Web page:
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Good Morning Nanty Glo!
            Friday, March 7 2003 

Jon Kennedy, webmasterCulture wars - 5

Judging other religions and in particular their adherents, is futile, not to mention prohibited in the sermon on the mount, but it's also part of the basic human trait that leads to wars and strife. If we're really right (and why would we put our life's devotion into something about which we think less?), the people who are religiously against us must be wrong. But we're summoned by common sense, biblical teaching, and civil law to get along. Love thy neighbor. I'm convinced that any condemnation or speaking ill of our neighbors, whether Mormons, Jehovah's Witnesses, Jews, or Muslims—not to mention old-fashioned heathens—is part of what's prohibited in the Lord's admonition, "judge not." But on the other hand (I feel a bit like Tevya in Fiddler on the Roof here), still...we have to know what the other religions teach and how those teachings regard us and "our" religion and whether they might have some secret weapon in their apologetic arsenal to disarm us in the fight of faith. Know them, then; don't judge.

Many of us can remember when this was not a widely shared viewpoint. Maybe today's children also feel much like we did, because, I suppose, childen want and probably can't handle much more than black and white categories of right and wrong, even right and wrong in beliefs. I was probably as convinced of the superiority of Fords over Chevys when I was in third grade as I was Protestantism over Catholicism. So as I say, I'm not sure how much of it is just maturing in my thinking, able to entertain far far more grey areas than I could in childhood, and how much of it is that I truly understand and empathize with Catholics more than I did then. I'd rather, of course, believe it's mostly the latter.

A large part of that growing openness toward Catholicism, at least on the rational level, has come about because I came to realize that a far greater threat to Protestantism or Christianity-as-I-understood-it than Catholicism was secularism or humanism (defined not in its classical sense but as the philosophy of putting man at the center and as the "all in all" of the universe, displacing God). All of a sudden I realized I had more in common with the Pope himself than the "secular" in-name-only Protestants like Dwight Eisenhower and Adlai Stevenson, Lyndon Johnson and Barry Goldwater, Richard Nixon, Gerald Ford, Gene McCarthy and on and on, to pick examples (without judging, of course) from politics alone.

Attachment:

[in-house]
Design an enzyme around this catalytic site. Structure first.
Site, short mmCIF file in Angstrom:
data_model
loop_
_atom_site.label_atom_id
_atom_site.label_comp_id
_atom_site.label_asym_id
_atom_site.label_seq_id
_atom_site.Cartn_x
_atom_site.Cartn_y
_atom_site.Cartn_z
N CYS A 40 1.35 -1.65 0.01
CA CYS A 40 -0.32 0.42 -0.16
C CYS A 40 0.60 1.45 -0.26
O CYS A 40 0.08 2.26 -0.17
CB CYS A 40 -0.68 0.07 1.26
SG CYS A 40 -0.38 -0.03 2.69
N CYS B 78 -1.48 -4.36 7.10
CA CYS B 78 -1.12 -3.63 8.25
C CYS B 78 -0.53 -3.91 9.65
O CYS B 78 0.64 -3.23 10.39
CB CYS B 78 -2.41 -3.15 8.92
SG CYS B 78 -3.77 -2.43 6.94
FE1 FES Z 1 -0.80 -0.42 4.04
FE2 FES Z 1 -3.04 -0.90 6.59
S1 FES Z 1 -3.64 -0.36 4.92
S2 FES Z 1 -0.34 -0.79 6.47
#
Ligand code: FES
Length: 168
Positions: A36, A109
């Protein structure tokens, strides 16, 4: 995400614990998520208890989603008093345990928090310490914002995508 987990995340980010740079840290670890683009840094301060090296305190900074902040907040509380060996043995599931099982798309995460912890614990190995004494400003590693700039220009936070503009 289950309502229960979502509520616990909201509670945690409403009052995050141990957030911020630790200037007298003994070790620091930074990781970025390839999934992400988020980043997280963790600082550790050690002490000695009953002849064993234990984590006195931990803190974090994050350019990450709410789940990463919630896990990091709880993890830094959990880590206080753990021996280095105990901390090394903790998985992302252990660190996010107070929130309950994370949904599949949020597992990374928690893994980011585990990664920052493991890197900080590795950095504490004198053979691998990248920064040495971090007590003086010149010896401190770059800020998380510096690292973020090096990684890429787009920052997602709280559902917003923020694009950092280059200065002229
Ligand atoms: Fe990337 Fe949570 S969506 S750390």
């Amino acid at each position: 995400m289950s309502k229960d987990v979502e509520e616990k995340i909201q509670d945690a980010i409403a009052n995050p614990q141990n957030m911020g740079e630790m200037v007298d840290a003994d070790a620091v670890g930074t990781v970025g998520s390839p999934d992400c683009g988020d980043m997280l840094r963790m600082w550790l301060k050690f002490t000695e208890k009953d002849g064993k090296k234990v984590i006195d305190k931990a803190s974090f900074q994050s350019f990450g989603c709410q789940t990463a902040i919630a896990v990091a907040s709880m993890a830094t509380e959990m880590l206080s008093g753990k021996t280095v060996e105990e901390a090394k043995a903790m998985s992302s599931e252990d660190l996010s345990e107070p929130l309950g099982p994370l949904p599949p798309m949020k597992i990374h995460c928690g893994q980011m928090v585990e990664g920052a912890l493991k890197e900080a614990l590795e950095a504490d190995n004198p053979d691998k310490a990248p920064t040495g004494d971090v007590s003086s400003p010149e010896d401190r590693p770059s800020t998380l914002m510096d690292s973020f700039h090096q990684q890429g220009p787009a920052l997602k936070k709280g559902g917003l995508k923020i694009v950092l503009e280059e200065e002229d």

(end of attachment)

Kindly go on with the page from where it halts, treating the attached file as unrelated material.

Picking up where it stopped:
It's interesting that Fiddler on the Roof came up in this context. It's the quintessential feel-good entertainment treatment of Judaism from the nearly modern era (about a century ago). You can't help loving Tevya and even thinking, "he's a lot like me," or even, "he's a lot like what I'd like to be more like myself. More sure of my close relationship with God, of His intervention in my life...." We've all had Jewish acquaintances and friends, role models of good neighbors, whether they were Nanty Glo merchants, professionals, and newspaper publishers prior to the 1970s, college classmates or co-workers on the job, or at least in movies, on television, radio, and the other media, like the previously discussed Dennis Prager. My experience is that although they don't believe in God the same way I do, we also (like Protestants and Catholics) have a common enemy (secularism, a spirit of violence, disregard for the holiness of life all around in our world, even the ubiquitous orneriness of everyday life) and therefore we should be allies, friends, neighbors.

You may not know any Mormons, maybe you haven't met any Muslims that you know of, but I think if you got to know some, you'd find they're not "the enemy," either.

—Webmaster Jon Kennedy


Why is it in America there's a general in charge of the post office, and a secretary in charge of defense?

Lenten thought for the day

Christian "faith runs hard against the grain of the spirit of this age. It doesn't ask us to come under its authority so that we can find a warm, comfortable, meaningful faith that fits our lifestyle. Instead, it calls us to fast, to weep bitterly for our sins, to deny our personal pleasures and comforts, to yield to spiritual authority, to mistrust our own judgments, to genuinely forgive the unforgivable, and to honestly love the unlovable. In short, it calls us to live a life that is entirely 'not of this world' (John 18:36)."

—Matthew Gallatin
Thirsting for God

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